Taking the first step on the road to recovery is often the most difficult step. The first step is the admission to ourselves that our lives have become unmanageable. We basically admit that we can no longer continue down the path that we are on and can no longer even lie to ourselves that what we are doing is harmful to ourselves. This first step began for me back on the evening of November 23, 2020 when I checked myself in to Wilmington Hospital for a suicide attempt. I realized I could no longer lie to myself and I simply wanted to die.
I was fortunate that there were beds open at 7 North which is the inpatient Behavioral Health Unit. I certainly had not planned on spending Thanksgiving in such a state but I realized it would be the beginning of a long and hard road ahead. It was clear that my depression and anxiety were severe enough and profound to the point where I would need Electroconvulsive Therapy in order to have any hope that medication would begin to work again. I signed my name on the consent to treatment form and was put on the schedule to begin on Friday, November 27th.
Electroconvulsive Therapy seemed to begin to work and the doctors were felt I was fine to be discharged on December 6th and I would do ECT on an outpatient basis. I truly had no idea how much easier it was to deal with ECT when I was under care in the hospital and didn’t plan on a re-admission so soon thereafter. Then on Sunday, December 20th I needed to be re-admitted and stayed through January 9th. I did not plan on spending Christmas and New Years inpatient either but I underestimated the difficulty I had in doing ECT outpatient and things began to unravel again.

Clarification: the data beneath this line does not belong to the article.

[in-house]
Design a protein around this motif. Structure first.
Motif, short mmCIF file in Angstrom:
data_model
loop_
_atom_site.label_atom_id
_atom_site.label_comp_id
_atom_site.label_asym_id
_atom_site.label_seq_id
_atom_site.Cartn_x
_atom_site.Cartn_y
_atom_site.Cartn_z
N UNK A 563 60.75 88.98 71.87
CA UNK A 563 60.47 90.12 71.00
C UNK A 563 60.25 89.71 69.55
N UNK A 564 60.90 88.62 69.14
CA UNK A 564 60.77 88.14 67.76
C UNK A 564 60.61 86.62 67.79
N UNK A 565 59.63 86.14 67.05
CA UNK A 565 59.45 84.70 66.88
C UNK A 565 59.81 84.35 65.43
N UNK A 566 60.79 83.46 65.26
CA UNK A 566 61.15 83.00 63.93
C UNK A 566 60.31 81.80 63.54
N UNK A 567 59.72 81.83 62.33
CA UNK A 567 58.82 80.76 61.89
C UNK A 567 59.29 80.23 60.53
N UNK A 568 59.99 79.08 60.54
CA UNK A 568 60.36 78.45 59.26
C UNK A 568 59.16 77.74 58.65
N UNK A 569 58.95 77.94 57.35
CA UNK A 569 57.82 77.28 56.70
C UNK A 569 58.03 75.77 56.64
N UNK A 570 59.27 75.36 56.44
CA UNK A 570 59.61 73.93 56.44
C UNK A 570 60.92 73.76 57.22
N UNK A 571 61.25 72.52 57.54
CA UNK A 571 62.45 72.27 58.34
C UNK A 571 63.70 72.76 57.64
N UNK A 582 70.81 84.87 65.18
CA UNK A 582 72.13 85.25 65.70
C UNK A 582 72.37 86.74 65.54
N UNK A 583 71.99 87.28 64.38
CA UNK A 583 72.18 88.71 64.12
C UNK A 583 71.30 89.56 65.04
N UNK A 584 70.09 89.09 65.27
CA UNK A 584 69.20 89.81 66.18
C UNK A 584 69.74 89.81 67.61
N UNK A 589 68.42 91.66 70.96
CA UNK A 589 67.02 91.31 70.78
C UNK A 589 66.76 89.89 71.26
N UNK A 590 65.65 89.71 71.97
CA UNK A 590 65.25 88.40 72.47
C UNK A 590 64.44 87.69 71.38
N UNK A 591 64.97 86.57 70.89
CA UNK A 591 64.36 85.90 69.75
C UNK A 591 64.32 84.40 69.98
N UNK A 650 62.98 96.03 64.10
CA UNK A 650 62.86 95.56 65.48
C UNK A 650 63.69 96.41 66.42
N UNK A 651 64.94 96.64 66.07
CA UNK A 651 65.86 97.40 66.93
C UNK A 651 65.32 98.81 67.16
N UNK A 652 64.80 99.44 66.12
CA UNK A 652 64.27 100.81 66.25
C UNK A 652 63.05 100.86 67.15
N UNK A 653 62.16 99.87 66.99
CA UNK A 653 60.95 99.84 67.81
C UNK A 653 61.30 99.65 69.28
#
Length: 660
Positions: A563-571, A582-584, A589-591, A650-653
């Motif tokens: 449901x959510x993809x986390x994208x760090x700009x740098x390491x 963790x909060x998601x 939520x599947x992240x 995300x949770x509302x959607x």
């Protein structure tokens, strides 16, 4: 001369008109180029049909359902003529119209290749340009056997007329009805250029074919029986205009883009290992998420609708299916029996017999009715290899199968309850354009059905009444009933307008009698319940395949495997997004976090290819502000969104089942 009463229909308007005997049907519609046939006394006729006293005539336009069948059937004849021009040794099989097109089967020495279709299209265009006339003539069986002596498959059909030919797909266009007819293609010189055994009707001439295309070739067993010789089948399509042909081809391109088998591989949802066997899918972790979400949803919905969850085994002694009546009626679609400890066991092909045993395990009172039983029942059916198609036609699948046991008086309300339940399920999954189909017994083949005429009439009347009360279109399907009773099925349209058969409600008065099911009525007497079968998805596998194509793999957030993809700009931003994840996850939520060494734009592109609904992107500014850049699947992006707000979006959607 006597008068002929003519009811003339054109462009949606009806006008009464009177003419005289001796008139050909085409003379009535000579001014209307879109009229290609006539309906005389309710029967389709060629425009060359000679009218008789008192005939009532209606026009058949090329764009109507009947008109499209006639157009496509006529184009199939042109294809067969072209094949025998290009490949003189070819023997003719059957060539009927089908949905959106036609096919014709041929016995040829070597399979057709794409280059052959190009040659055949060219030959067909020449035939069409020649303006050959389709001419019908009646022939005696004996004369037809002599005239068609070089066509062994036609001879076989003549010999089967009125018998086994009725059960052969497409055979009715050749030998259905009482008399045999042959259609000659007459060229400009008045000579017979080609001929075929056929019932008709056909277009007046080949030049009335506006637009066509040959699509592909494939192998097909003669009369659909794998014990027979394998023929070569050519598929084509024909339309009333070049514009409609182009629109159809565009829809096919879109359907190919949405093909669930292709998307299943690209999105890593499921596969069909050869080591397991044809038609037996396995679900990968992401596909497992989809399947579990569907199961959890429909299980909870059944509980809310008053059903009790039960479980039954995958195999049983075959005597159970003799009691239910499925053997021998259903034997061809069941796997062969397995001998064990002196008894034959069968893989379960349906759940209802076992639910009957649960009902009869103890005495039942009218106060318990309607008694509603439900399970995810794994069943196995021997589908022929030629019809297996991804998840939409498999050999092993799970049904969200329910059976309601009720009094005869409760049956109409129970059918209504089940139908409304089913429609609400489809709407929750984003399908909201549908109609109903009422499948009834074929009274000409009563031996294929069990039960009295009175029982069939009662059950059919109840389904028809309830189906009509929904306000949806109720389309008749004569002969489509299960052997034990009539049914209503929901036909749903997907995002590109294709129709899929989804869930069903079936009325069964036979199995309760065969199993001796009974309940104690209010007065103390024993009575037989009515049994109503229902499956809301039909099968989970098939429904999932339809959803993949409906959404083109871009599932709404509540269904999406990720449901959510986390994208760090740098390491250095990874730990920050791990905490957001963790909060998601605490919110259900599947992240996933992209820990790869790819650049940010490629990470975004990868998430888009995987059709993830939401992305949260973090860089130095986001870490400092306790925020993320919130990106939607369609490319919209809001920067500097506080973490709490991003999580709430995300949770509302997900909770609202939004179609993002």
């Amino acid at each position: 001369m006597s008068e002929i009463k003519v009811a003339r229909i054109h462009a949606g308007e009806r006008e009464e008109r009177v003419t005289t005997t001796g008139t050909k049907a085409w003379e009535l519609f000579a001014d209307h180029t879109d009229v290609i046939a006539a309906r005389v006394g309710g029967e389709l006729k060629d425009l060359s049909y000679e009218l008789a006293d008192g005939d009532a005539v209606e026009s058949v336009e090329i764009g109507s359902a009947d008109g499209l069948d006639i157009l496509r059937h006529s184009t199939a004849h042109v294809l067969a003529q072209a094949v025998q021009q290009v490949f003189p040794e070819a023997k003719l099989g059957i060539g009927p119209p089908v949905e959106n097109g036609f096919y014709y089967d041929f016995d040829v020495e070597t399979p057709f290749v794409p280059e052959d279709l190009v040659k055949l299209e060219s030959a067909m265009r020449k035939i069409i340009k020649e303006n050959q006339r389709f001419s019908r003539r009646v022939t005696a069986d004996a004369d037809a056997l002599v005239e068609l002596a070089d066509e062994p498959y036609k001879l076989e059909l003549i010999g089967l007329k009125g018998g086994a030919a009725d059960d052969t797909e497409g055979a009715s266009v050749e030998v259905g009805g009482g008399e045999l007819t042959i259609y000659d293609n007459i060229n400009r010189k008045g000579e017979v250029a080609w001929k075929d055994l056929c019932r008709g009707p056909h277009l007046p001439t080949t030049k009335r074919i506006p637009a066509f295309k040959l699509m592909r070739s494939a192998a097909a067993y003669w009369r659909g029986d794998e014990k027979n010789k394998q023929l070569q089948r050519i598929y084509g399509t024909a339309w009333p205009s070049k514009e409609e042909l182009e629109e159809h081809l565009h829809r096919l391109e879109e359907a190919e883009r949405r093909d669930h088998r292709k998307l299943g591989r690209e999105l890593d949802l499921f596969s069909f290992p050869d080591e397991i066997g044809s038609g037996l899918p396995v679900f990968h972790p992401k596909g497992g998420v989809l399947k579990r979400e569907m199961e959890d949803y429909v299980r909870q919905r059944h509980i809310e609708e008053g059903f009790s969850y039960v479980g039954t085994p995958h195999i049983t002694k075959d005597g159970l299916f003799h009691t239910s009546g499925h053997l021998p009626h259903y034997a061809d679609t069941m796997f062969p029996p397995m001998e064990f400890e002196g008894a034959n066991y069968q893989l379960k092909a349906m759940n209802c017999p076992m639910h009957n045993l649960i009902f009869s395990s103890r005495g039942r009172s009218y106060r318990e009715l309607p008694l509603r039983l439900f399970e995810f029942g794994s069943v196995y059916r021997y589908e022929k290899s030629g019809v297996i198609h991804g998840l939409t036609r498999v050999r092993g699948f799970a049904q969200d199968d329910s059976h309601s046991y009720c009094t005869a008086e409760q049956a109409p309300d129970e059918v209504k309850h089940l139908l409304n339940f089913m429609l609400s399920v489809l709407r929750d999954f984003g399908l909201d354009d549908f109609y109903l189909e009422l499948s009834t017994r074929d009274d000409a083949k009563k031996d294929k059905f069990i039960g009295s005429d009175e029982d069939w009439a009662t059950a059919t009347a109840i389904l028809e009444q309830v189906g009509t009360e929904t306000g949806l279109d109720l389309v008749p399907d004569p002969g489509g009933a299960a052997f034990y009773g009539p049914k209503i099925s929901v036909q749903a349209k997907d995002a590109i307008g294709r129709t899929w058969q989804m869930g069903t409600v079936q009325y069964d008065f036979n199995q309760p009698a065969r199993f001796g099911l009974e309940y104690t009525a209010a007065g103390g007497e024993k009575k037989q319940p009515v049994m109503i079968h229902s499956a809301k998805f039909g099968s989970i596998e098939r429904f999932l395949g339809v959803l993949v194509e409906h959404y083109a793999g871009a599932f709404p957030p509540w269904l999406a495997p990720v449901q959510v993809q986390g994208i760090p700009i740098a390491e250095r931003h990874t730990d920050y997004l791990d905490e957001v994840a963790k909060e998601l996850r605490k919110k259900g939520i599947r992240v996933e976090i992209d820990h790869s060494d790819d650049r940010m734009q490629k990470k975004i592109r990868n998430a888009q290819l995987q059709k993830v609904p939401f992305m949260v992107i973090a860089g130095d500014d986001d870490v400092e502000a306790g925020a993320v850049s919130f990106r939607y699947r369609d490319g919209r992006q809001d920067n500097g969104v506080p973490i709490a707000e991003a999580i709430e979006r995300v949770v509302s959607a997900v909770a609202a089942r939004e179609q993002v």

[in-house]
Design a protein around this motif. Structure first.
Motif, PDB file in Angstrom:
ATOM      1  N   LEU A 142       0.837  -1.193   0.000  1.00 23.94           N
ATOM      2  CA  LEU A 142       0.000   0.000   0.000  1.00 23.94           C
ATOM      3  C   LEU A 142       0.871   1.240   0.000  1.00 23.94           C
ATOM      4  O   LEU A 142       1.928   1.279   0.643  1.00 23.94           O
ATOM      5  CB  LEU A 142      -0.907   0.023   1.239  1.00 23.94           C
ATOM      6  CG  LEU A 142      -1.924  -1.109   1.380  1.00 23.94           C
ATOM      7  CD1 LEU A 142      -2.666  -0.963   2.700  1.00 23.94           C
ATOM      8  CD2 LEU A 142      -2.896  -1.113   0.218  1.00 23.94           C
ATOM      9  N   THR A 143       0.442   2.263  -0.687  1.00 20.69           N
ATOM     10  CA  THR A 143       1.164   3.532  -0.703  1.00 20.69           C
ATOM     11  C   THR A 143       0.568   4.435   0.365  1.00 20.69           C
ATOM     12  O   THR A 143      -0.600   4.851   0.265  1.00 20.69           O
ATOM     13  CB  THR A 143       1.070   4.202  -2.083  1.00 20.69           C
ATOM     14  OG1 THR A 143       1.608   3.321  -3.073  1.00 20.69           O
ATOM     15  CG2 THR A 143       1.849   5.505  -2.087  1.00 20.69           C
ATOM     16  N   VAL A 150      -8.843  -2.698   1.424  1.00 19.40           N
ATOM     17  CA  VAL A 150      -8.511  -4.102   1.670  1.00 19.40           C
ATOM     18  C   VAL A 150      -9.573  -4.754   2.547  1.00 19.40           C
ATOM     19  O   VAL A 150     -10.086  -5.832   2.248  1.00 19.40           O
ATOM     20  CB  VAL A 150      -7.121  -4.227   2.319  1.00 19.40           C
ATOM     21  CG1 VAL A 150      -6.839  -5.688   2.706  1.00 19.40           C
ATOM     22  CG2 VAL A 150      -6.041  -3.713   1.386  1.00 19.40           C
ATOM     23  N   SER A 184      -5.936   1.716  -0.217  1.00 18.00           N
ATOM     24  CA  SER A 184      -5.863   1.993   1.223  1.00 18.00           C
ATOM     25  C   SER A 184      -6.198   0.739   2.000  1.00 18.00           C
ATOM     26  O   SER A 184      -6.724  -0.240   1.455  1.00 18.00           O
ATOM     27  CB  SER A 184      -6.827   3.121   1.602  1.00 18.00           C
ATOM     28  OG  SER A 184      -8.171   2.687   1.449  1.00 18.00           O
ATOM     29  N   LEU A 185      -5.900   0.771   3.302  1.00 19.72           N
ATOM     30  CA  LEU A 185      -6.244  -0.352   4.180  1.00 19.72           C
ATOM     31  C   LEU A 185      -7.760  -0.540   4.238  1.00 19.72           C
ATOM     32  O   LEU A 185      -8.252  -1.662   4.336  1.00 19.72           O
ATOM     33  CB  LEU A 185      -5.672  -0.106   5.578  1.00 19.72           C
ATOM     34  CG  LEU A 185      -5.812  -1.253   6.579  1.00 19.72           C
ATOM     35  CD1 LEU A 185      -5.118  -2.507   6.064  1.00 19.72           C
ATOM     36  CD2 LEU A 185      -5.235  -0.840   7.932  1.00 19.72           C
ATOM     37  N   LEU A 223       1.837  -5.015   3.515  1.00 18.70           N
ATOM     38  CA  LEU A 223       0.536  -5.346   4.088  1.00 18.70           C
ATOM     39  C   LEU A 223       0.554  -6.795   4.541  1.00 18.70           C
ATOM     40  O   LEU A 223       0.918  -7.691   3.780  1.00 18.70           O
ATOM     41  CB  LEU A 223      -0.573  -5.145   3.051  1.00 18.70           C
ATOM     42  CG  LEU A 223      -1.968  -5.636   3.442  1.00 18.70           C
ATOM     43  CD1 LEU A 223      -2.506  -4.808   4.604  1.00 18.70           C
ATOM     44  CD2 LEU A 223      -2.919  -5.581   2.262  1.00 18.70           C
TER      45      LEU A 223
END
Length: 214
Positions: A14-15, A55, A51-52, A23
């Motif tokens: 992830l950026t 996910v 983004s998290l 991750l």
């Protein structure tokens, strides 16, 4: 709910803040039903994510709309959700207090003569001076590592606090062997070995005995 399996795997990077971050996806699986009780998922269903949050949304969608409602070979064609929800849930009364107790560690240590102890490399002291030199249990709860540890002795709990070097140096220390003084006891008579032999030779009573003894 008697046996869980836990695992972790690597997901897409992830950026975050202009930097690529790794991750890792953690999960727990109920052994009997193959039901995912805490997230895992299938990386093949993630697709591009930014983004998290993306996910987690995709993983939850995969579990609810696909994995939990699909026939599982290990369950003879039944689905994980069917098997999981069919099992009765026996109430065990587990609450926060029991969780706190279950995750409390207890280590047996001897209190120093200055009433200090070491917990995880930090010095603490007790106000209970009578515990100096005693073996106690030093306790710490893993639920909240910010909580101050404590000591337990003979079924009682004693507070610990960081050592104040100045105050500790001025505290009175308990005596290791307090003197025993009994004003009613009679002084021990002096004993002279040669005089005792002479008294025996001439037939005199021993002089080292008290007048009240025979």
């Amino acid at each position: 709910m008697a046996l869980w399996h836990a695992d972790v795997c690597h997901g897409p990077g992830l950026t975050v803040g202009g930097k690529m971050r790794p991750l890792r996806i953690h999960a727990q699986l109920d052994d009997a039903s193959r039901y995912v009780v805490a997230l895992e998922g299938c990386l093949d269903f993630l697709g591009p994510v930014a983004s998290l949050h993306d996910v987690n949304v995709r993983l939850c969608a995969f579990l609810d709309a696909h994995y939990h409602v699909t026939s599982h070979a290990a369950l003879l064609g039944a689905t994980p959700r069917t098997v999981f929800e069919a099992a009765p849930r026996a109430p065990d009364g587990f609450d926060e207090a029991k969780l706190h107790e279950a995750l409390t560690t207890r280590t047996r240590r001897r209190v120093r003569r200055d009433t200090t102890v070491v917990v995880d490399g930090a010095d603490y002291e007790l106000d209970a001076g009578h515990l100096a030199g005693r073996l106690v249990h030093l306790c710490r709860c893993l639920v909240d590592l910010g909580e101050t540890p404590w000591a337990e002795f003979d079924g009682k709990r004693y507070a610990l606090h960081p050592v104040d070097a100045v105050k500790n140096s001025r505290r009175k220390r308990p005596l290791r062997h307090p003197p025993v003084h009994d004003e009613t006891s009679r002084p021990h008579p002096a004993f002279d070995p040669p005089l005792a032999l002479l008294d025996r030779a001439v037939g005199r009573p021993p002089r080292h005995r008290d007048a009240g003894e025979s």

This time my hospital social worker found a partial hospitalization program so that I had a nice gradual step down from being inpatient to a day program. The day program helped to provide some structure and make further adjustments in medication and observation. The day program really provided some intense education and included a nutritious breakfast and lunch so it relieved some of the burden of self care and allowed me to begin to establish a routine again. I only had to plan for one meal and I could make certain that I was showering, doing laundry, shaving, and brushing my teeth. That I knew would be difficult enough. I spent two weeks in this partial program from January 5th – 20th and it made a world of a difference. I learned of some resources available to me to help make life more manageable, one which is a housing voucher program which literally will save me 600 dollars a month in rent.
That first step was a long and hard one. Now I am facing repairing relationships with people who care about me that I have been less than honest with about my battle with mental illness. It was hard telling people that I was almost lying pathologically about my state of being but it was necessary. And it was very relieving to me to finally come clean and tell the full truth. But most importantly I learned that there is no shame in mental illness and it is not my fault that I am mentally ill. Furthermore, I learned that I must be one of the evangelists with the goal of ending the stigma of mental illness.